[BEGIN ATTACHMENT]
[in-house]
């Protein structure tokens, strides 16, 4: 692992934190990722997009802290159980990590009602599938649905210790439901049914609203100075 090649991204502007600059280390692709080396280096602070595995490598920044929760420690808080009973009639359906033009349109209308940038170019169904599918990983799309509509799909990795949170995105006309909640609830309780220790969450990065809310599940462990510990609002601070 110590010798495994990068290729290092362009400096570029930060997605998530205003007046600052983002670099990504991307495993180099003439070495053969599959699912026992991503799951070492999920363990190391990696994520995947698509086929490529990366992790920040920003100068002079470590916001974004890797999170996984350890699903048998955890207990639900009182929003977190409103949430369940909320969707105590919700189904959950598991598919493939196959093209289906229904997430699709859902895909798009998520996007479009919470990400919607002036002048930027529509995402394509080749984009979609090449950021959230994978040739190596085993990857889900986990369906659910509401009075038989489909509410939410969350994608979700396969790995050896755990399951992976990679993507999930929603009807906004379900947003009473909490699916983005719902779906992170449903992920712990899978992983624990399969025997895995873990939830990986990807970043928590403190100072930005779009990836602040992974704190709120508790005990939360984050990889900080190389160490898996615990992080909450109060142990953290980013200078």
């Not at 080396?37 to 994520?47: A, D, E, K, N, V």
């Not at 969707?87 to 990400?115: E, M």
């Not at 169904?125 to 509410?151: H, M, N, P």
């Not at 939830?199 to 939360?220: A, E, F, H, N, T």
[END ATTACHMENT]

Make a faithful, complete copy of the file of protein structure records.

[in-house]
């Protein structure tokens, strides 16, 4: 692992934190990722997009802290159980990590009602599938649905210790439901049914609203100075 090649991204502007600059280390692709080396280096602070595995490598920044929760420690808080009973009639359906033009349109209308940038170019169904599918990983799309509509799909990795949170995105006309909640609830309780220790969450990065809310599940462990510990609002601070 110590010798495994990068290729290092362009400096570029930060997605998530205003007046600052983002670099990504991307495993180099003439070495053969599959699912026992991503799951070492999920363990190391990696994520995947698509086929490529990366992790920040920003100068002079470590916001974004890797999170996984350890699903048998955890207990639900009182929003977190409103949430369940909320969707105590919700189904959950598991598919493939196959093209289906229904997430699709859902895909798009998520996007479009919470990400919607002036002048930027529509995402394509080749984009979609090449950021959230994978040739190596085993990857889900986990369906659910509401009075038989489909509410939410969350994608979700396969790995050896755990399951992976990679993507999930929603009807906004379900947003009473909490699916983005719902779906992170449903992920712990899978992983624990399969025997895995873990939830990986990807970043928590403190100072930005779009990836602040992974704190709120508790005990939360984050990889900080190389160490898996615990992080909450109060142990953290980013200078």
């Not at 080396?37 to 994520?47: A, D, E, K, N, V």
């Not at 969707?87 to 990400?115: E, M």
């Not at 169904?125 to 509410?151: H, M, N, P």
């Not at 939830?199 to 939360?220: A, E, F, H, N, T």